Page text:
Thanks for your response Alex. I can’t comment on MSM advertisements because I don’t own a TV, haven’t touched a newspaper in years, and AdBlock Plus filters all online ads.

  2. TS says:

    Is it possible to find the data to provide a graph for Canada that is similar to this one that has been done in Australia?

  3. The Masked Haranguer says:

    “Legal recourse laws reduce the risk of households walking away from
    their mortgage and implicitly improve lending quality, unlike the US
    where reports of abandoned vacant homes were and remain rampant.”

    Don’t buy this statement. People who loose their homes generally do not have significant outside assets for a creditor to attach. No one gives up their home with $50,000 cash sitting in their bank account. There is also the negative press associated with taking legal action against someone after the lender has sold the home under Power of Sale and dumped the poor debtor on his ass at the curb along with his wife, grandparents, children and a dog! I worked for a big five Canadian bank who, during a tough econpmic time years ago, issued a statement that legal action would not be taken to recover any residual balance after Power of Sale.

    People walk away from their home when they have nothing to loose. I believe the fact that the creditor could sue them never enters into their decision. They usually have far more pressing matters to occupy their thoughts.

    The Masked Haranguer.

  4. fatjay says:

    “This remains one of the most misconstrued facts. It still surprises me how many people miss the fact that over half of the US states are in fact recourse states, including some of the hardest hit such as Florida, Nevada, and Michigan.”

    You’ve used this argument a few times, so I’ll play devils advocate here. This is info I’ve received from an accountant in Vegas:

    In reality, Nevada acts like a non-recourse state because the bank has to choose an option of judicial vs. non-judicial foreclosure. Most loans were secured by a deed of trust as opposed to a mortgage, in which case, if the bank chooses non-judicial foreclosure they can no longer sue for a deficiency between the sale price and the outstanding loan.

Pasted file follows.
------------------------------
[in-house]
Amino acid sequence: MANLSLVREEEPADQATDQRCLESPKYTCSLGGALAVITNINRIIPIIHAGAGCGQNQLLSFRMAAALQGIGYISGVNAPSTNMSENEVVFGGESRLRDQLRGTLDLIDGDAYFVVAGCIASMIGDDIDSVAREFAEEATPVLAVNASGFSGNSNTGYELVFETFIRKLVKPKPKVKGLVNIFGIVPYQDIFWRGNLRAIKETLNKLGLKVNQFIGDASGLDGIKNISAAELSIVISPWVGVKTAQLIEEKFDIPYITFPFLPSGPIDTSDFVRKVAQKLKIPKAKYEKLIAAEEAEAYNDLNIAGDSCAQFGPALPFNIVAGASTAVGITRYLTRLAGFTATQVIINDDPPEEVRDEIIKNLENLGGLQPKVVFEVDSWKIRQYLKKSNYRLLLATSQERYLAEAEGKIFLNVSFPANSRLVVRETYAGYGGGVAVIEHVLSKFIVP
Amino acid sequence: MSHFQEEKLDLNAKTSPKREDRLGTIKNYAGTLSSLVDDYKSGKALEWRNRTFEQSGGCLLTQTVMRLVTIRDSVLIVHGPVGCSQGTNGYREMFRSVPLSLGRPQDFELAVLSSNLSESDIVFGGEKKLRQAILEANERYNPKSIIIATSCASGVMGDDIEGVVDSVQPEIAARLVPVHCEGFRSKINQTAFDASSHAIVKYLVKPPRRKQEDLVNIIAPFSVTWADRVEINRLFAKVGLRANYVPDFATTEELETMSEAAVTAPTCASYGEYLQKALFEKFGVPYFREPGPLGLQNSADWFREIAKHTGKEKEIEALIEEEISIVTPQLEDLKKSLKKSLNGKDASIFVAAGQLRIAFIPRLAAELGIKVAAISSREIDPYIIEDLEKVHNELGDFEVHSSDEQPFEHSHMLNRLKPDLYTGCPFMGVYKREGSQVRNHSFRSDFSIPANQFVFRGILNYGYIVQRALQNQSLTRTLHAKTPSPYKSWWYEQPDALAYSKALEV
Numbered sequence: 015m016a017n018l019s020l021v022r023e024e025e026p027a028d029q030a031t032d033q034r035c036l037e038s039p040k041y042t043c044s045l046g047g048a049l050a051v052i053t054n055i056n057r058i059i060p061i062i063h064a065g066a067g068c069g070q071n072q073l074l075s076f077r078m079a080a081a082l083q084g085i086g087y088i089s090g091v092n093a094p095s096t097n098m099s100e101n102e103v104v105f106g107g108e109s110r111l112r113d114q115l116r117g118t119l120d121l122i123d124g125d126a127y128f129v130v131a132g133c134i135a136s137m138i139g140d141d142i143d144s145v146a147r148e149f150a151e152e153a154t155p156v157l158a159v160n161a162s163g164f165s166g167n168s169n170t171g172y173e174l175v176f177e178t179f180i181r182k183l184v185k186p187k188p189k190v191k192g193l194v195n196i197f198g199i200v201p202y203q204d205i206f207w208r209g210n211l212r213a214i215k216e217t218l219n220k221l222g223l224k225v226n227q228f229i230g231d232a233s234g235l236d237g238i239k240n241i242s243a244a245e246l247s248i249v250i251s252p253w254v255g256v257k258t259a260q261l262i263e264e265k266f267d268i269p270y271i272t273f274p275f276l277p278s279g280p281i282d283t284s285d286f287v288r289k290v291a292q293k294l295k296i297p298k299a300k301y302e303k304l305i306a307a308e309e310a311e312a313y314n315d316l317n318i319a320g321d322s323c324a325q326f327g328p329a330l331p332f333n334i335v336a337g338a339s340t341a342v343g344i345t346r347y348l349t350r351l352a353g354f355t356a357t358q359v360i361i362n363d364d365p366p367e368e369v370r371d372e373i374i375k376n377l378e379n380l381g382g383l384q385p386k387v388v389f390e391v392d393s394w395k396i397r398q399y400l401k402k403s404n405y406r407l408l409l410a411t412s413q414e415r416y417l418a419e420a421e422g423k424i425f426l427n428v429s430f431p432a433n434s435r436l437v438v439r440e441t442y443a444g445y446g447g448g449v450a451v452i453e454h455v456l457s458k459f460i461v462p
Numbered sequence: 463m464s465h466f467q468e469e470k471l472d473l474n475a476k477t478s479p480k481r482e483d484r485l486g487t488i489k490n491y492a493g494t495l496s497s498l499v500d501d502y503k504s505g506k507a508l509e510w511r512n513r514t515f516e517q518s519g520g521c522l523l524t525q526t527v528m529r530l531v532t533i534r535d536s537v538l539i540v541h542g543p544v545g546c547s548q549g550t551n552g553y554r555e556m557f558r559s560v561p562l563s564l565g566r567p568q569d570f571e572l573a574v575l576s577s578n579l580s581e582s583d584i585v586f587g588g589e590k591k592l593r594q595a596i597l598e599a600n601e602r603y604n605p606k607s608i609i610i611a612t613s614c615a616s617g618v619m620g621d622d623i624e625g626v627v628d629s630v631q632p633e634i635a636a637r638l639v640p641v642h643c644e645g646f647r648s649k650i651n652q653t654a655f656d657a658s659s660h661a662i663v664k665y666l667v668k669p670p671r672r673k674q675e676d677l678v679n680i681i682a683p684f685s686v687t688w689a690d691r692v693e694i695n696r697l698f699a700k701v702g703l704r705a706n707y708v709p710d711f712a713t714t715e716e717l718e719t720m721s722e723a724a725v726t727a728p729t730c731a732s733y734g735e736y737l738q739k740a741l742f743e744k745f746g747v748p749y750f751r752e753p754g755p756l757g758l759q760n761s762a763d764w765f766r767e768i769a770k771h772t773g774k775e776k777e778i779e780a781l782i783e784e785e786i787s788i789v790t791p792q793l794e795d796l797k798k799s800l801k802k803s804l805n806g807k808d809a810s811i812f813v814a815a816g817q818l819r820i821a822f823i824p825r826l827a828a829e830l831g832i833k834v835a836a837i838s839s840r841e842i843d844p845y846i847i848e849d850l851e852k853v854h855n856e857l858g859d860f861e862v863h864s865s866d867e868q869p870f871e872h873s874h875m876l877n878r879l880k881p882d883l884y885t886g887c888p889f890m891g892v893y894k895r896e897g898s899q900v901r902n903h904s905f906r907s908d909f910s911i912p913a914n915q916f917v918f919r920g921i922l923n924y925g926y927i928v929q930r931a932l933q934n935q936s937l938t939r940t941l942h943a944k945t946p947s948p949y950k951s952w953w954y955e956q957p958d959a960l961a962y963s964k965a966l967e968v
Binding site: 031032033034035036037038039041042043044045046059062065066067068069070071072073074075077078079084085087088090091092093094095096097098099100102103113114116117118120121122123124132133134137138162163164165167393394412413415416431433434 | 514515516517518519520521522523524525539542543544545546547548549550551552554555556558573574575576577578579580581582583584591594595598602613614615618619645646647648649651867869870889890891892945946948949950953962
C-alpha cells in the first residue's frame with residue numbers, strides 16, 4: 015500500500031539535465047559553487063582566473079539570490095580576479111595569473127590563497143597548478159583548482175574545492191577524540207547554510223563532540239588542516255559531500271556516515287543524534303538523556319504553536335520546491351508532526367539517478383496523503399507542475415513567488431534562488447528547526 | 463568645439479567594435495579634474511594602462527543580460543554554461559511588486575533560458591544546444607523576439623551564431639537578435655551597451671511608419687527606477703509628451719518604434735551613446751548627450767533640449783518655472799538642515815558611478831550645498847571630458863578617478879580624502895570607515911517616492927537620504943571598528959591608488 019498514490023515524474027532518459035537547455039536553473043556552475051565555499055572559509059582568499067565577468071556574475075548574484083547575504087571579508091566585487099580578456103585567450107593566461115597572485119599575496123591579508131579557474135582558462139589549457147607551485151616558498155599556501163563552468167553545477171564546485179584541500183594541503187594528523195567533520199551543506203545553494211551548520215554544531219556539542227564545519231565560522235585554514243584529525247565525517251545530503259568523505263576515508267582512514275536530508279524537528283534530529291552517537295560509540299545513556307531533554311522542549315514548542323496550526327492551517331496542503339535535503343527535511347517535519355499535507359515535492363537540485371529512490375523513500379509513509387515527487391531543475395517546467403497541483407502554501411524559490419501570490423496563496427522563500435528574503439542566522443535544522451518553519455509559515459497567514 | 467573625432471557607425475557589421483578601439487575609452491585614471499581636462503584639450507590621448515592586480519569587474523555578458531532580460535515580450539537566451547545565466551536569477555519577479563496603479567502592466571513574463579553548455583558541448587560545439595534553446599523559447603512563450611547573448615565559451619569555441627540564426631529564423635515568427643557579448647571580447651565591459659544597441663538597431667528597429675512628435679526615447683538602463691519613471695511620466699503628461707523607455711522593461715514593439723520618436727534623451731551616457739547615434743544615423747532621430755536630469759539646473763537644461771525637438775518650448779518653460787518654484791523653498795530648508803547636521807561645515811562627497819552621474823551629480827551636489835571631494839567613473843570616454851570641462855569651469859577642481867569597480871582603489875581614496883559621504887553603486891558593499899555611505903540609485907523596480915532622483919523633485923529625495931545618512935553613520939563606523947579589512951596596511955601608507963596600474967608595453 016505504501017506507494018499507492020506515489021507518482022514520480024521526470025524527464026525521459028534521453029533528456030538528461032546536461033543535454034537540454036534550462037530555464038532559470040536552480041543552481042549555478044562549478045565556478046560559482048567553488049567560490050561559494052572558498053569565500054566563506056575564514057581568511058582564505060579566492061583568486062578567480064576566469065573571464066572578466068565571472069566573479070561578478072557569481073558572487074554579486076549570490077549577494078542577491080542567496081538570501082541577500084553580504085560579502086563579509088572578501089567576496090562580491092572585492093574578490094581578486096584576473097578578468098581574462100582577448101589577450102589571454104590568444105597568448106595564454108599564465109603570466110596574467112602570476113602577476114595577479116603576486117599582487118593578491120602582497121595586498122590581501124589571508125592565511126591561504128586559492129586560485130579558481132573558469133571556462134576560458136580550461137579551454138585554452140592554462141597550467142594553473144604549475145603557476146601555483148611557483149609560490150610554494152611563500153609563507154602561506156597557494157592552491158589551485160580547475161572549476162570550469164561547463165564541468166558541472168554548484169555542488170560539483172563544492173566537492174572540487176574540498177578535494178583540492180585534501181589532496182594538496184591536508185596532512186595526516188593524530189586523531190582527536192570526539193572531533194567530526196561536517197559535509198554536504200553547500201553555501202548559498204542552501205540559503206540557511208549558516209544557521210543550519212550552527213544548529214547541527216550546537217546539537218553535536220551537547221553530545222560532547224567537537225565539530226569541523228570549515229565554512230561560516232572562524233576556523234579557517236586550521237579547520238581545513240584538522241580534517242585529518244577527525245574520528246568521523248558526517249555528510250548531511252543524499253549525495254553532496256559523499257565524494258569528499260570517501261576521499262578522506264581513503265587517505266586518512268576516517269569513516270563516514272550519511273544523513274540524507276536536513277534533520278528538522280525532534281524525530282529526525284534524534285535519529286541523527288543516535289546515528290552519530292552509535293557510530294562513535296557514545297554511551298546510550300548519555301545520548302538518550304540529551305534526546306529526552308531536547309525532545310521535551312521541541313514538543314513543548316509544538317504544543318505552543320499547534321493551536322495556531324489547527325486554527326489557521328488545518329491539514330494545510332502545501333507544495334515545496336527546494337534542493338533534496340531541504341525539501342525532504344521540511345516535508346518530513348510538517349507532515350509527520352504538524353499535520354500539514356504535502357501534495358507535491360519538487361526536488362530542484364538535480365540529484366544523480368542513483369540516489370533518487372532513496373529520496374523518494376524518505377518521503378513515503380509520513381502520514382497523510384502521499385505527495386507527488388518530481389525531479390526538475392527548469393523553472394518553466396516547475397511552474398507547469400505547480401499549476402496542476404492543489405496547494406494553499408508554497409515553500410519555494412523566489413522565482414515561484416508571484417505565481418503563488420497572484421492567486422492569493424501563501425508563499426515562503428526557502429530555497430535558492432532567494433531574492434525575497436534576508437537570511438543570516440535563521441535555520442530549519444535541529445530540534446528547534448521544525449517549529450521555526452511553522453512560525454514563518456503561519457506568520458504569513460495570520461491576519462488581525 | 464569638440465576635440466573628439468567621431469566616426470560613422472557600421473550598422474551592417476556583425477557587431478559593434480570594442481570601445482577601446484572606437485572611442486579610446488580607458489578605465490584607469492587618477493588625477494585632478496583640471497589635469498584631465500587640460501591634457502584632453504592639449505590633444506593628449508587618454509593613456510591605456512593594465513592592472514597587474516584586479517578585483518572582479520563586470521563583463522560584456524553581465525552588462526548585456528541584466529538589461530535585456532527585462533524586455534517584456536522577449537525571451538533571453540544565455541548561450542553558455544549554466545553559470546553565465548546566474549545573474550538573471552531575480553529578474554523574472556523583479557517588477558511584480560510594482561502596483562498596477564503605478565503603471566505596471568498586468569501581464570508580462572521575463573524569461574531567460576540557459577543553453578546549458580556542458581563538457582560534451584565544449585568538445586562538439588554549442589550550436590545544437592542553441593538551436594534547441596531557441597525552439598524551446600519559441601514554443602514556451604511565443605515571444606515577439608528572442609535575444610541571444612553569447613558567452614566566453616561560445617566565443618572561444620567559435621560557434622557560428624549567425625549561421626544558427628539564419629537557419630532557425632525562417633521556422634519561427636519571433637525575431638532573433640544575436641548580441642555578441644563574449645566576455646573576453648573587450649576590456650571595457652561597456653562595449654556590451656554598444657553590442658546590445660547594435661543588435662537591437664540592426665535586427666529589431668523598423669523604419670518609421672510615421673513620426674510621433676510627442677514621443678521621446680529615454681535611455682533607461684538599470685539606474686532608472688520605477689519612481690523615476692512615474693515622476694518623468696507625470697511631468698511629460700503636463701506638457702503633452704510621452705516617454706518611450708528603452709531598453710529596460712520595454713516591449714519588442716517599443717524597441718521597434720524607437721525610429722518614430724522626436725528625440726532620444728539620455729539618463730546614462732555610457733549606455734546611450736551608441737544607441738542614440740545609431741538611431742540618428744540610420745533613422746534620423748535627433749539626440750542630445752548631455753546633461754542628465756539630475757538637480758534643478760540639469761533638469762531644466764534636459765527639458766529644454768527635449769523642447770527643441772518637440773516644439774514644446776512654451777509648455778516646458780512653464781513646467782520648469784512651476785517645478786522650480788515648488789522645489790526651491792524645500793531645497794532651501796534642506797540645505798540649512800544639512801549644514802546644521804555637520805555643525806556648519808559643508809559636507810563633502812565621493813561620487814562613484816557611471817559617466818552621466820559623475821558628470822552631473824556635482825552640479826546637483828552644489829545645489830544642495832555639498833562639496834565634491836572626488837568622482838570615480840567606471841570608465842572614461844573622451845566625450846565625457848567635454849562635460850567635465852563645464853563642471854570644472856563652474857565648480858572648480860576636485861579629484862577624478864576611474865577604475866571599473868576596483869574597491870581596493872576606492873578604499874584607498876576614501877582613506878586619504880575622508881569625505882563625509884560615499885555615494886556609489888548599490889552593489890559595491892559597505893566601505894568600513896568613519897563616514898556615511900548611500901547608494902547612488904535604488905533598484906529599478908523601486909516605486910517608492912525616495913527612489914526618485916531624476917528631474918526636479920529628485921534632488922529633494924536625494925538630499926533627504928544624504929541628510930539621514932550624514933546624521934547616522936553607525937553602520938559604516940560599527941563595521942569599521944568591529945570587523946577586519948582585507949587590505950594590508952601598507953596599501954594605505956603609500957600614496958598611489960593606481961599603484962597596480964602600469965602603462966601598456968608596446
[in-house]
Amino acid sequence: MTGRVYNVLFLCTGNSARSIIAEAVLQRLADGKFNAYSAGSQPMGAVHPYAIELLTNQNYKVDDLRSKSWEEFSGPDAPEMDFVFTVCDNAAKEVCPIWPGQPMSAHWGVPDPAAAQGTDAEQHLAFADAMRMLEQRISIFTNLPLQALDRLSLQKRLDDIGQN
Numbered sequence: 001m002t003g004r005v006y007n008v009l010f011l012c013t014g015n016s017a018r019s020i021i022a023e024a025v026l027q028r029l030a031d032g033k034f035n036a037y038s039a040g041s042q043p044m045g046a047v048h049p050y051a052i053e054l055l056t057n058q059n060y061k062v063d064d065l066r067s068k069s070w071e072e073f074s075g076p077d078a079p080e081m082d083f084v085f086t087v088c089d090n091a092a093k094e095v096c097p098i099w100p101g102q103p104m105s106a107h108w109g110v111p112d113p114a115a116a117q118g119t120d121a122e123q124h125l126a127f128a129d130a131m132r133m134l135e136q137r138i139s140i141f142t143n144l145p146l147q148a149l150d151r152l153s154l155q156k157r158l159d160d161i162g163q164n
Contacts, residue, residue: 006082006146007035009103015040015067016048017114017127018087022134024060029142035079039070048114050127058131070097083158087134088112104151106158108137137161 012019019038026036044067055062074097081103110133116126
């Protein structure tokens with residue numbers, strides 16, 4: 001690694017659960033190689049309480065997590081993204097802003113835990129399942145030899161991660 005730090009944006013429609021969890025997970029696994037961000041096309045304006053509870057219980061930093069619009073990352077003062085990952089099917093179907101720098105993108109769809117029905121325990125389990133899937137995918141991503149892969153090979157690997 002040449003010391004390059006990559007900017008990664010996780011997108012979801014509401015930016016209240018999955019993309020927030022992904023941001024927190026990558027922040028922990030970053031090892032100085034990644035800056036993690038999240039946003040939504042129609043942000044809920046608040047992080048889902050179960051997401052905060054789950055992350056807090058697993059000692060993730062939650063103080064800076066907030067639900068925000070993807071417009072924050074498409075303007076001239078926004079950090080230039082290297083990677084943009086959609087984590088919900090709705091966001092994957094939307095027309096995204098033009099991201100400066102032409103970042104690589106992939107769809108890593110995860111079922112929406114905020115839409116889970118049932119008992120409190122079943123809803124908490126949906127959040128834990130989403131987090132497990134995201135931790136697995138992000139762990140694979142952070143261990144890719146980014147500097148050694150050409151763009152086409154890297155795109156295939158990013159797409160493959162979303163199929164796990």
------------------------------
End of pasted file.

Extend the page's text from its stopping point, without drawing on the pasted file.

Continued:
In almost all circumstances the banks are choosing non-judicial foreclosure for expediency and costs. Even if the loan was secured by a mortgage or if the borrowere has other assets, the bank only has 90 days to bring forward a deficiency action after the foreclosure sale, and generally they aren’t investing the time to even look at each loan on a case by case basis, they’re just writing off their losses and moving on. It would probably be only in extreme circumstances (huge loans, borrowers with known significant assets, etc.) where the bank would attempt to sue.

    I know a couple people who have “strategically” defaulted on homes in Las Vegas and Phoenix, and within 6 months had bought back into the market again.

    In many other “recourse” states, bank backlogs and the general consensus that most people have nothing to go after means that they act as non-recourse states for the average person as well. At worst, for an out of state owner, banks in Florida are happy to accept a short sale and let the borrower off the hook if they can pay even a small portion of the deficiency, maybe 10-20%, maybe even nothing.

    I personally believe that Canada (excepting Alberta) has much tougher recourse laws than most of the States so the blanket argument that “over half of the US states are in fact recourse states” doesn’t hold water. There are certainly different levels of recourse.